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Stock Design

Stock Design.  A bas-relief design for a medallic item which can be ordered by anyone and made into a medallic item. The stock design can be in any form, from plaster model, galvano pattern, hub, die, or even completed medals sitting on a shelf for immediate use. Stock designs may be complete with both obverse and reverse, or one side only, or may be custom fabricated by adding additional parts (as a center emblem).

Every medallic manufacturer has some stock designs available. Usually stock designs are wreaths or similar designs for reverses needing only some further embellishment and/or lettering and to be mated with a custom obverse to complete the medallic item. Such stock designs reduce the cost of original art work and modeling, as the cost of these have already been borne by the medallic company or amortized by previous users.

Infrequently, the available design is a rejected design – one prepared on speculation and unaccepted – or more often, a portion copied from an obsolete medal. Once a medal is no longer being issued its design elements are susceptible to being adapted by later designers. The Paris Mint, for example, has over 100 such stock wreath designs available. In America the Medallic Art Company had over a dozen (one is named the Gaines Wreath – not after a designer named Gaines – but rather the dog food company that sponsored the Gaines Research Award Medal, now obsolete).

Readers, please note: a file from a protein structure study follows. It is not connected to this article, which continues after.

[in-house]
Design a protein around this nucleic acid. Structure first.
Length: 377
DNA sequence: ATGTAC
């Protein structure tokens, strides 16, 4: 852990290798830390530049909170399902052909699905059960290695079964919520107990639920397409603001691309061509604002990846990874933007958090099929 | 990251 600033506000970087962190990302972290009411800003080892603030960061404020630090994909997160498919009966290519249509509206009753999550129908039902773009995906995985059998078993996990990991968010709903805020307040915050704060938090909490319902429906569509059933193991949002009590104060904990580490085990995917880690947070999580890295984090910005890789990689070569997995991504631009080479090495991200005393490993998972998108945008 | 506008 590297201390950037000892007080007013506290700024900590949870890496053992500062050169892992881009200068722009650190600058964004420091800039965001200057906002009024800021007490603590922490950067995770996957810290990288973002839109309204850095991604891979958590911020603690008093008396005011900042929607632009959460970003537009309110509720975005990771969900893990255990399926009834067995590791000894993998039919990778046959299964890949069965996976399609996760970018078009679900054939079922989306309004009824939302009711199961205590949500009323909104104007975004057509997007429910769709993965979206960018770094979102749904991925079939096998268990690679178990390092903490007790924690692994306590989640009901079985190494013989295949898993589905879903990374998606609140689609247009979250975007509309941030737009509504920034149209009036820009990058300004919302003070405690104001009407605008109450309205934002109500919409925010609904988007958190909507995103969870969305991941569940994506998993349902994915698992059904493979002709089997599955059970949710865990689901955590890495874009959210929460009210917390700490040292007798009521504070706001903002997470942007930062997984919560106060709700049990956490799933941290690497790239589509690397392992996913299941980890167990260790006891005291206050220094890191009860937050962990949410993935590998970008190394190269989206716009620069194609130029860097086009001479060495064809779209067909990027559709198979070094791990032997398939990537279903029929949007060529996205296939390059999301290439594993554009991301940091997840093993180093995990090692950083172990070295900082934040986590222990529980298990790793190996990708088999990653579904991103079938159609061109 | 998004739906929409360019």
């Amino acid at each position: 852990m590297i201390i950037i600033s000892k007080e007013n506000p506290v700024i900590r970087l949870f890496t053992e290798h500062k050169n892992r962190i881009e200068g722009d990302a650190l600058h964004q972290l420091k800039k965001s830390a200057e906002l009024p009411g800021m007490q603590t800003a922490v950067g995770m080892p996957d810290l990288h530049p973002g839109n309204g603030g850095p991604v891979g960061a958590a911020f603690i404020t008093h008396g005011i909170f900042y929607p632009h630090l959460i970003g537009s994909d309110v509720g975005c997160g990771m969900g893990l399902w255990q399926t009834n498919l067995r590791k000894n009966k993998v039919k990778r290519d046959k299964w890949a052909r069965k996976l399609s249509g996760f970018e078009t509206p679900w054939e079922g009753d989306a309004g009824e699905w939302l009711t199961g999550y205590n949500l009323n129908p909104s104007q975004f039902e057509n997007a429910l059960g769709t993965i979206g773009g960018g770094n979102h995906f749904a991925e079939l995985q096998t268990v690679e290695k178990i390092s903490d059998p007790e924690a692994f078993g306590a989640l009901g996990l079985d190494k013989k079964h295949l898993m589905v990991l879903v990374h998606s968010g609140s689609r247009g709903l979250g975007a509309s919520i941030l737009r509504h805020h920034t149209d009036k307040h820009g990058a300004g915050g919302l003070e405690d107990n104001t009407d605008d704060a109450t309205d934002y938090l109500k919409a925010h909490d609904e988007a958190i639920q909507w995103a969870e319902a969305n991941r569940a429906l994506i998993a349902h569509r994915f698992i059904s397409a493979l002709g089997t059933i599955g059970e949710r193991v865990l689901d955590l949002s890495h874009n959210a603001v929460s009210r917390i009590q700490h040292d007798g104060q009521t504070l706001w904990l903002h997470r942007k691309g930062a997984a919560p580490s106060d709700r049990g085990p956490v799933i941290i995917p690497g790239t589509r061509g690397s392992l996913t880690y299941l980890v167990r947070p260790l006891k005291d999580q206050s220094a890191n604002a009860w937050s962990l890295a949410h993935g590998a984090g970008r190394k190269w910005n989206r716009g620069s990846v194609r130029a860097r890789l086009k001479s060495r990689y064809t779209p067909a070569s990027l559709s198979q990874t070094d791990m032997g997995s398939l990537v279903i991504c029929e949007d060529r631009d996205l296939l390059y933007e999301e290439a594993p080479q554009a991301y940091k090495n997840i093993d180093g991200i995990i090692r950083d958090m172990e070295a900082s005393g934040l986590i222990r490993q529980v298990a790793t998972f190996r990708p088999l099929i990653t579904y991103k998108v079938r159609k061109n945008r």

Some medallic companies deal almost entirely in stock designs. All the sports and religious medal companies make only medals of stock designs and produce these continuously. This includes American companies like Dieges & Clust, Robert Stoll, Wendells, and Disanza Brothers. These are in contrast to medallic companies which made only customized medals, like Medallic Art Company, Whitehead and Hoag, Greenduck, Metal Arts, Robbins (and the jewelry firms whose medallic production were offshoots of their jewelry business, like Tiffany & Co, Gorham, Bailey, Banks & Biddle

– or the later "mints" of popular proof surface medals, as Franklin, Lincoln, Hamilton and such).

Stock design histories.  Some stock designs can be traced through a number of later issues back to the earliest original issue. This activity is somewhat to the delight of collectors and is often a serious pursuit of the art historian specializing in medal histories.

Example: an attractive Washington portrait has been utilized for decades as a stock design by the Robbins Company of Attleboro, Massachusetts. It had been issued as a medal in 1929 (for a Boston convention), in 1932 (for the Washington sesquicentennial), in 1939 (for New York World's Fair) and later issues – always muled with a different reverse. But its original use can be traced back to 1925 when it was first issued for the Sons of American Revolution 36th Annual Congress Medal (unless, of course, some even more obscure medal can be found to predate this 1925 issue!).

excerpted with permission from

An Encyclopedia of Coin and Medal Technology

For Artists, Makers, Collectors and Curators


Roger W. Burdette, Editor

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